The first female indigenous filmmaker from New Zealand, Merata Mita’s filmmaking is largely responsible for raising worldwide awareness of the Maori––indigenous Polynesians residing across New Zealand, Mita’s groundbreaking films such as Patu! And Bastion Point: Day 507 were instrumental in documenting anti-apartheid protests and injustices against her country’s indigenous populations. After her death, her son Heperi Mita compiled years of rare archival footage and home video to weave this poignant story of Merata Mita’s life and relentless commitment to telling her community’s story, all while being a compassionate, supportive mother.
Angry Inuk (Alethea Arnaquq-Baril)
Written and directed by Inuk filmmaker Alethea Arnaquq-Baril, Angry Inuk is a breathtaking look at the traditional seal-hunting practices of Inuit communities residing in remote Northern Canada territories such as Iqaluit and Kimmirut. While showcasing the rich tradition of this practice that is essential to the community’s survival, the film also finds the director herself, along with Inuit seal hunt advocate Aaju Peter, attempting to overturn the detrimental EU Ban on Seal Products policy.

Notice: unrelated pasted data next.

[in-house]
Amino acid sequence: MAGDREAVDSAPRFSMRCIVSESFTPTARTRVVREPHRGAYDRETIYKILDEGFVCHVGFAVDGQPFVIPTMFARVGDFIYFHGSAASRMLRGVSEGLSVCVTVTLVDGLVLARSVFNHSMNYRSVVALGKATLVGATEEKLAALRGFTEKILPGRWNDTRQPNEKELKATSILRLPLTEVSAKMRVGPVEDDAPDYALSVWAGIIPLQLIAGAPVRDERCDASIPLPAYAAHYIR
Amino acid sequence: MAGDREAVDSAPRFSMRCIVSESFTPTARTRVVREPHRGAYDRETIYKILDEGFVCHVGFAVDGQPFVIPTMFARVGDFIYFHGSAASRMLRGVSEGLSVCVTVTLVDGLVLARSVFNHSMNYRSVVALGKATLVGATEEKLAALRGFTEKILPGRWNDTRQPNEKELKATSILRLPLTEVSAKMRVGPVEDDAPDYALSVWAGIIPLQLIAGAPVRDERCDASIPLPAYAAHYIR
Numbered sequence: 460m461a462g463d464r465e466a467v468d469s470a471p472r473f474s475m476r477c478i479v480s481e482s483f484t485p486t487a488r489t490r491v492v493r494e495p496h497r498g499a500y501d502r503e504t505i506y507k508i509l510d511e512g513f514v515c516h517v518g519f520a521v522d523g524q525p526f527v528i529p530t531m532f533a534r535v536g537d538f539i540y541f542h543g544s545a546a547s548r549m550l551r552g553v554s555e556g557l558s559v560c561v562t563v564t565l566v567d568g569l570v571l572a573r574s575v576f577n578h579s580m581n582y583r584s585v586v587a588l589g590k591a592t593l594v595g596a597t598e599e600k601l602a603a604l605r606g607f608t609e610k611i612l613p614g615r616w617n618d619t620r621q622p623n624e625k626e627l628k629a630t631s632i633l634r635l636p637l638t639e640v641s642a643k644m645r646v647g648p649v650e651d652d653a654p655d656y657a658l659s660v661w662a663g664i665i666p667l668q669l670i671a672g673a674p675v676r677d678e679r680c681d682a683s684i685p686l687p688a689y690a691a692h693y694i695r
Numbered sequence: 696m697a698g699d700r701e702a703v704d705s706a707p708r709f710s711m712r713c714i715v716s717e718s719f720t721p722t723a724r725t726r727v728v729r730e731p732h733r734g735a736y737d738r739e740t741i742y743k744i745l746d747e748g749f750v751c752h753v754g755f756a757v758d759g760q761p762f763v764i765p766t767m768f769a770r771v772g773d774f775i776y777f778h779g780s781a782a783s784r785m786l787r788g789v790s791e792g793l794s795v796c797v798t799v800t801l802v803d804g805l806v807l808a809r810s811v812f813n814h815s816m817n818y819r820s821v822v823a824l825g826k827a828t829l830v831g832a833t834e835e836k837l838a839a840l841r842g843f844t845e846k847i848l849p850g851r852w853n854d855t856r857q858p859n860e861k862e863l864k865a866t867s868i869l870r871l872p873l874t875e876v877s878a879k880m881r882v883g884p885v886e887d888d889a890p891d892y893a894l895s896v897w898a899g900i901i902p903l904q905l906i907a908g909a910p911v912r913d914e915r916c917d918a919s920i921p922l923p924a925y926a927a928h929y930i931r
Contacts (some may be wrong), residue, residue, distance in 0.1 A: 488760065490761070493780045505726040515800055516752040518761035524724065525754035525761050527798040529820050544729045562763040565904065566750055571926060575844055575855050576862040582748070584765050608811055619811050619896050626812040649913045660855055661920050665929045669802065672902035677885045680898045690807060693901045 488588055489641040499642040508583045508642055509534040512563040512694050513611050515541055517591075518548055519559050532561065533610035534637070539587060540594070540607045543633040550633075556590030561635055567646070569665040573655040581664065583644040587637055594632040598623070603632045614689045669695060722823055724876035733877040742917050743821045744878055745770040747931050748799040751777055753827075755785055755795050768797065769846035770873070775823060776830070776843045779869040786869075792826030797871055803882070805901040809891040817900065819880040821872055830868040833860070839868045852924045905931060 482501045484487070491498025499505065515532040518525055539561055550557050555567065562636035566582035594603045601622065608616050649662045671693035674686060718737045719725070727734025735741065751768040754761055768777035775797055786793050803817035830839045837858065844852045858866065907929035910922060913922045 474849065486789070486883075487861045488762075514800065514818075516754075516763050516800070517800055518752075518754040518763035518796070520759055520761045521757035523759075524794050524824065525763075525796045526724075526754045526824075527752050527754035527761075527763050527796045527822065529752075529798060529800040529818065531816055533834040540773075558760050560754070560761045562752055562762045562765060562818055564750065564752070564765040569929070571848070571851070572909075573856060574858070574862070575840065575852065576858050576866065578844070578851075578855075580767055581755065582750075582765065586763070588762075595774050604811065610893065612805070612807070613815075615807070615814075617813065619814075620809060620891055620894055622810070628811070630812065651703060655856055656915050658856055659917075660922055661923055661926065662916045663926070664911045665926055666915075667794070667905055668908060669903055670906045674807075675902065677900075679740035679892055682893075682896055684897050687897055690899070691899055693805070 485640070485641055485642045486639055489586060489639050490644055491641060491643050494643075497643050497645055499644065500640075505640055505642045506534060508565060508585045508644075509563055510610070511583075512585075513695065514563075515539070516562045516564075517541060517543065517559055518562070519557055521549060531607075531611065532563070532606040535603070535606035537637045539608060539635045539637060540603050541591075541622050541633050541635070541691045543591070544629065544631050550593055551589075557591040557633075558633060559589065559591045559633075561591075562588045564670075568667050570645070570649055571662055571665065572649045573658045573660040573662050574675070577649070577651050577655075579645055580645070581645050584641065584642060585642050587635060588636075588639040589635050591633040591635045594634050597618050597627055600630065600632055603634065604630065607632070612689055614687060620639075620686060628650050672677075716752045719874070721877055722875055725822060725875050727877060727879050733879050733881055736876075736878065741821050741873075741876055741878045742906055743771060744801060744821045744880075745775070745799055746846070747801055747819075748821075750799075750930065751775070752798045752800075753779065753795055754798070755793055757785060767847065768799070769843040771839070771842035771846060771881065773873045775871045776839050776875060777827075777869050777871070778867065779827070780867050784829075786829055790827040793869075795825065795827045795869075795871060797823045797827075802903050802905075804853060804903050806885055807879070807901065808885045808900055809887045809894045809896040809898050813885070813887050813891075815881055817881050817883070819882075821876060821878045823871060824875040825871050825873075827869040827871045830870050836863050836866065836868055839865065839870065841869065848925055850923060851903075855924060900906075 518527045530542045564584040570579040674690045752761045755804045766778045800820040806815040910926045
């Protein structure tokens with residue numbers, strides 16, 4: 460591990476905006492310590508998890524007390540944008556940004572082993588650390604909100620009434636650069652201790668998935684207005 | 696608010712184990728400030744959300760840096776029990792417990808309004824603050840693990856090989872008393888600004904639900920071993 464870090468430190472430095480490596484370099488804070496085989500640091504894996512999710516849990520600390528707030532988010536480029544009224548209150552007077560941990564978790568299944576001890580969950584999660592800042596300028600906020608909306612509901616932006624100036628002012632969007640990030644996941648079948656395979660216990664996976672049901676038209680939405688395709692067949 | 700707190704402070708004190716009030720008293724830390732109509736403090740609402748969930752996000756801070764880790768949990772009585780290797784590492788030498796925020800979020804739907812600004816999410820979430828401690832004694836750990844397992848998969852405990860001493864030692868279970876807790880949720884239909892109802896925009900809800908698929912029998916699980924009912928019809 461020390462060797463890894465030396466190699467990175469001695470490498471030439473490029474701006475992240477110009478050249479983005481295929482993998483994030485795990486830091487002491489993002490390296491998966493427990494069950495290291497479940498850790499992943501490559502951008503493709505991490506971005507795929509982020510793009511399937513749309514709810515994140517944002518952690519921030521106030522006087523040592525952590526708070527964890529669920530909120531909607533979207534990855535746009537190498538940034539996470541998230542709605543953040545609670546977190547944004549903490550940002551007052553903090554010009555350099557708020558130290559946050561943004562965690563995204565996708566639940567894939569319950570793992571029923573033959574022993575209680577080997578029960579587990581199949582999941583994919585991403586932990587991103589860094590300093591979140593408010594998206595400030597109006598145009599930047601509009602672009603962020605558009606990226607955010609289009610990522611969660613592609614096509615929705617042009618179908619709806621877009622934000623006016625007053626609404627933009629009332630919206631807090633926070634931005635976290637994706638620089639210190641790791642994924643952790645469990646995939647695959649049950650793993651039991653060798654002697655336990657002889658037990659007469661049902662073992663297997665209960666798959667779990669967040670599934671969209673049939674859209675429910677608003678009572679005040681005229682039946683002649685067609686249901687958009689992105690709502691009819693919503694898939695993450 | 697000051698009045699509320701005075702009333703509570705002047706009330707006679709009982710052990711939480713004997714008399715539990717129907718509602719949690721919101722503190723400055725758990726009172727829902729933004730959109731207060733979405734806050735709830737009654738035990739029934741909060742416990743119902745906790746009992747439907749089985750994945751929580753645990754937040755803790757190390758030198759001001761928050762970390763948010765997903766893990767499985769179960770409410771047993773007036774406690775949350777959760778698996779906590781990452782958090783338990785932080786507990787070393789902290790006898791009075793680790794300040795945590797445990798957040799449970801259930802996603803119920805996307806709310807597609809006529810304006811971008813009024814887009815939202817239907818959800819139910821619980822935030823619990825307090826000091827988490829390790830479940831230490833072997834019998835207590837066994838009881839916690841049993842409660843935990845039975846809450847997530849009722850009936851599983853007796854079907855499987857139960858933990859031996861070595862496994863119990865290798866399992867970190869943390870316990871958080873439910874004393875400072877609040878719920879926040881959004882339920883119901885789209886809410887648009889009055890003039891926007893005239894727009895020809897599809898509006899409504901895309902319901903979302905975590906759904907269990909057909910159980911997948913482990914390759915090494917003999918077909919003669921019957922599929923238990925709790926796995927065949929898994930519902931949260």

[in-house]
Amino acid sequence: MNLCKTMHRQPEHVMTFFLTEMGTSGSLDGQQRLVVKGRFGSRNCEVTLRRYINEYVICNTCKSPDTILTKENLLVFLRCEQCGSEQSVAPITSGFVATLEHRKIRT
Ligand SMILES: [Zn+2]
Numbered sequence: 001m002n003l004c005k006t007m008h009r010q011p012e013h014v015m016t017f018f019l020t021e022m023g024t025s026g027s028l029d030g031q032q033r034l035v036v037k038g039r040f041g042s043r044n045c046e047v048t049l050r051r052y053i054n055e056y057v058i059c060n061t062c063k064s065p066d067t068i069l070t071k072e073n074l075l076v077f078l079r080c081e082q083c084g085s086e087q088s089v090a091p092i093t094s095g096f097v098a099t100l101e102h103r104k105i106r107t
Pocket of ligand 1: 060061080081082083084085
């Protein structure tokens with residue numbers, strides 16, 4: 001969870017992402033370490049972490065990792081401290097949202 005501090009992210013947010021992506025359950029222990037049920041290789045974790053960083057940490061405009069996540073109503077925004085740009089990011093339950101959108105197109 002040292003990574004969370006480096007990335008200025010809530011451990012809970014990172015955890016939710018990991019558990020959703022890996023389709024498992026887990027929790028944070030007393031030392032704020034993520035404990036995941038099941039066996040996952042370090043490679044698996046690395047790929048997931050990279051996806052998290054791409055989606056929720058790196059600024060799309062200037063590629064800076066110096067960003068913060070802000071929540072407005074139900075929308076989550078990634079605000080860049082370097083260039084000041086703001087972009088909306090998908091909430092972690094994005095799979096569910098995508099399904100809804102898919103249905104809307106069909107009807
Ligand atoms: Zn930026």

Reel Injun (Neil Diamond)
Most people’s perception of Native Americans, whether they’re in the United States or anywhere else in the world, is shaped by the caricatures portrayed through Hollywood stereotypes. Cree filmmaker Neil Diamond deconstructs these characters—often played by white men in big-budget films—to get to the root of these seemingly harmless yet deeply racist tropes that have been central to the mythos of classic American cinema, and how we must examine the representation of these lives on screen to understand the United States’ own fraught relationship with its Native communities.
Servant or Slave (Steven McGregor)
Through more than half of the 20th century, the Australian government engaged in the heinous act of displacing Aboriginal families by taking tens of thousands of young girls and forcing them into domestic servitude for white families. The impact of this policy has been intergenerational, with many Aboriginal women enduring mistreatment at the hands of their employees but unable to report these crimes to authorities. Servant or Slave, by Hetti Perkins, is a timely retelling of Australian history through the lens of five women who display remarkable courage in seeking justice and sharing their stories with wider audiences.
WATCH: Vimeo On Demand
The Circle Sun (Colin Low)